This needs to have been checked, prepared and tested for readiness for the Big day.

 

So what do you need ?

 

  • A good quality Bee Suit ( B.B.wear or Sherriff ).

  • Good quality gloves.

  • A good pair of Wellies.

  • A good quality Smoker ( Dadant make the best ).

  • A Beehive ( always useful unless you had planned to keep them in your bedroom, in which case go back to the very start ! ). The best option for a beginner is a standard "National" Hive , the most popular hive type used here in Ireland.

  • With this you will need the Frames that go inside the Hive, complete with wax foundation sheets ("Brood Frames" in the deeper bottom box and "Super Frames" in the shallower Top box, where the Bees will store a lot of Gorgeous Raw Irish Honey, you are going to pilfer from them later in the Summer ! )

  • A Hive stand, usually about 1800mm Long, made of treated wood and capable of sitting two hives on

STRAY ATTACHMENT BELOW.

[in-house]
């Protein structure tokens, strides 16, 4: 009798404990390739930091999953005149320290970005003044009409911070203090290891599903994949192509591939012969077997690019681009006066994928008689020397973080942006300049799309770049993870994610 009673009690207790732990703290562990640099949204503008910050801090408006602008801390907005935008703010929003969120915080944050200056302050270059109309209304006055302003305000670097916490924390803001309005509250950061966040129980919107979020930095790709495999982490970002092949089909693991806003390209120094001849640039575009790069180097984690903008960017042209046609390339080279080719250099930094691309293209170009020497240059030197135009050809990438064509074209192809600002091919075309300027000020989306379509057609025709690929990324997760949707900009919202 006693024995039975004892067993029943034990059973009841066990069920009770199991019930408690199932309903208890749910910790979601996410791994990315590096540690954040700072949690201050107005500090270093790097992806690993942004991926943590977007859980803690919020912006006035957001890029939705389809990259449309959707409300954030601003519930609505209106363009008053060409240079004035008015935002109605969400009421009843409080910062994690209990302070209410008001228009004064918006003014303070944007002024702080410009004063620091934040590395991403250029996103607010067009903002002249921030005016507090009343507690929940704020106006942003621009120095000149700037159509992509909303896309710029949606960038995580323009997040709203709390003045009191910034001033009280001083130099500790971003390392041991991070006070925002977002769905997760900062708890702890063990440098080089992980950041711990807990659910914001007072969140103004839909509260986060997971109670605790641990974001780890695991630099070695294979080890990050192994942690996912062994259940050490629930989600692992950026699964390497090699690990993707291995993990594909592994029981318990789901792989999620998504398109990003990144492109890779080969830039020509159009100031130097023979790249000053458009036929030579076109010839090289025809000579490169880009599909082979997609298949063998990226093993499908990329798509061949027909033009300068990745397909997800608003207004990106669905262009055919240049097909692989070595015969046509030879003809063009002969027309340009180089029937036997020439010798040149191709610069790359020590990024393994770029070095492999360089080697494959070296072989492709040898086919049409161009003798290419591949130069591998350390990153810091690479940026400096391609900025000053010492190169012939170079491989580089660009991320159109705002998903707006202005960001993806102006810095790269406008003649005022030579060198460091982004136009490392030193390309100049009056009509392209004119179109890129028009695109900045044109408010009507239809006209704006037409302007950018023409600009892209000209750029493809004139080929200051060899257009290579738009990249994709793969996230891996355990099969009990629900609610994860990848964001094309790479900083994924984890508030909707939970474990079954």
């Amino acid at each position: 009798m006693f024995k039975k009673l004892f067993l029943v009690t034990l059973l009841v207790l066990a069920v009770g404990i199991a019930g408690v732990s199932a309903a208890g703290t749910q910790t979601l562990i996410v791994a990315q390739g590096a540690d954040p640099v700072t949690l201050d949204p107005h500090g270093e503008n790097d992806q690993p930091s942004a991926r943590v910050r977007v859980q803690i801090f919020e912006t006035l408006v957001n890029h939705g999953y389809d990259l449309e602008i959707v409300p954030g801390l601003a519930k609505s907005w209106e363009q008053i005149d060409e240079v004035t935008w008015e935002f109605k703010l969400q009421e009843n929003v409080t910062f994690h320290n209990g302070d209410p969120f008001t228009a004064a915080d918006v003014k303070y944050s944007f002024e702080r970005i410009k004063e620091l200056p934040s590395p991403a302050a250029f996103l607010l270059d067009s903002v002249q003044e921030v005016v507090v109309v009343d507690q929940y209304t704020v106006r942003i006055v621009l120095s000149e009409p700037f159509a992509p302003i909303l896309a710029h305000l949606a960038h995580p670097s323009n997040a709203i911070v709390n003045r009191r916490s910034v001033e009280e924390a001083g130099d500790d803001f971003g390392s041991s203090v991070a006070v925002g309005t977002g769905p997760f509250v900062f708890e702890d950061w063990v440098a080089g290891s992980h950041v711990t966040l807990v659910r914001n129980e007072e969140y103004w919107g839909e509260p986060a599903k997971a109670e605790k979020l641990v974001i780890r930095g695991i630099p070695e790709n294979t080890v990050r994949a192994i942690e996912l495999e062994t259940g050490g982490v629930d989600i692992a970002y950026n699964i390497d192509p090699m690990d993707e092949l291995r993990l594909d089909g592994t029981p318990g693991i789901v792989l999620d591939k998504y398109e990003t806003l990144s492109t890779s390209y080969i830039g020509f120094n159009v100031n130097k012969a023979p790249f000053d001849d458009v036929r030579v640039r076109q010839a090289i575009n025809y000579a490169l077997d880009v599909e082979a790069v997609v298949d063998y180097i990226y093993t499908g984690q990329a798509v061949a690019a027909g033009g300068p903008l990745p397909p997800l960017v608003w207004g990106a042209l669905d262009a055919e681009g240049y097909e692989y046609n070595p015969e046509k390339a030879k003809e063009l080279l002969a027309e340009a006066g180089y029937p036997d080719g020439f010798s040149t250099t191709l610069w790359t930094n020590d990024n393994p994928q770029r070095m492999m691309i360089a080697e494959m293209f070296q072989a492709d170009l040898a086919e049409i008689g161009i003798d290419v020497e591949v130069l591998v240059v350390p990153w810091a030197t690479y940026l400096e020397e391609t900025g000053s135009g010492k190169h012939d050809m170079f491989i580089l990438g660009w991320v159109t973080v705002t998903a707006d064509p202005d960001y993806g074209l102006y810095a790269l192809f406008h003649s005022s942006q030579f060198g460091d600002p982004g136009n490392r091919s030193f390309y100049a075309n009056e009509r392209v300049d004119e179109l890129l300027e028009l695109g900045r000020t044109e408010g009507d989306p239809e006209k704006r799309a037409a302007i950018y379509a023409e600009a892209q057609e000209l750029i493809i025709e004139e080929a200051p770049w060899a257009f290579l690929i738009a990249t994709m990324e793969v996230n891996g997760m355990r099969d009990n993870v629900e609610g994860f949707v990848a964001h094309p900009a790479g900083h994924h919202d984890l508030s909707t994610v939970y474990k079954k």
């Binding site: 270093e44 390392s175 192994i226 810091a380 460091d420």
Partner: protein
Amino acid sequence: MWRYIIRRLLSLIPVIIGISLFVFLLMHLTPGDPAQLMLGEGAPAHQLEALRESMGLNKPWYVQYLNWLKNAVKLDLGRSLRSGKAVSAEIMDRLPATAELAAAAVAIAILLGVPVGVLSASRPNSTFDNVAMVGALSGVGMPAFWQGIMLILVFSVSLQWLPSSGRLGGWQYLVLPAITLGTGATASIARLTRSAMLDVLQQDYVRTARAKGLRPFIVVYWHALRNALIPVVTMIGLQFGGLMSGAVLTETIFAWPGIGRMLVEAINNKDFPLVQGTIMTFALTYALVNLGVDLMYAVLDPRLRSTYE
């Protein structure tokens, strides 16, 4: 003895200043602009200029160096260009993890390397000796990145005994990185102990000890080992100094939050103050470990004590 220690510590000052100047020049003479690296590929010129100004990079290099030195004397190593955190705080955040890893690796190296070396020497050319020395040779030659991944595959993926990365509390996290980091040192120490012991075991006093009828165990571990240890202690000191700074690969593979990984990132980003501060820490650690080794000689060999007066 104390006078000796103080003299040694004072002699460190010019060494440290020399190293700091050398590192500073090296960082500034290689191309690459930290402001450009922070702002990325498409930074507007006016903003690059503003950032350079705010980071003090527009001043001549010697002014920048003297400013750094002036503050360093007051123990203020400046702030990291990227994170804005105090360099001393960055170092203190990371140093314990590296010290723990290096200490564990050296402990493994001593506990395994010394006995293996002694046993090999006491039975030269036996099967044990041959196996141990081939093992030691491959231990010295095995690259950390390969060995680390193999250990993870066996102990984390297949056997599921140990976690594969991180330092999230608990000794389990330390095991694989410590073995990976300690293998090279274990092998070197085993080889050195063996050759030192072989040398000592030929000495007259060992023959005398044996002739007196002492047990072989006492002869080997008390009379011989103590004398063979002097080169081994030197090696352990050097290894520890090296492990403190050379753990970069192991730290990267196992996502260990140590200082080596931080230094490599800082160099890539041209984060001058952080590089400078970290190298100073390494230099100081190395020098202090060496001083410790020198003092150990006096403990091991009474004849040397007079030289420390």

• ( Yes... you will very soon want to get more than the original one Hive ! )

  • Sundry Items, such as a Hive Tool, to prise open the boxes and prise apart the frames inside the Bees will have glued in place for your weekly summer inspections.

OK so what the Hell is all this going to cost me ?

 

Well it's not too heavy duty. 

Your Bees in a small Nucleus Hive Box ( which you can re use yourself to make a Nucleus Colony, but more on that another time ) will cost approximately € 250.00

Your Hive, Gloves, Suit, Smoker and Frames/Foundation, as in a "Beginners Starter Kit".

Can be got for about € 380.00

Your Hive stand about another € 80.00

 

So it will all stand you about € 710.00 approximately ! 

If you are a Handy Andy ( or Andreas ! ) You can cut the cost and make a Hive stand.

You will then be ready to collect your new Bees you have booked and paid a deposit for in, weather dependent, probably early May.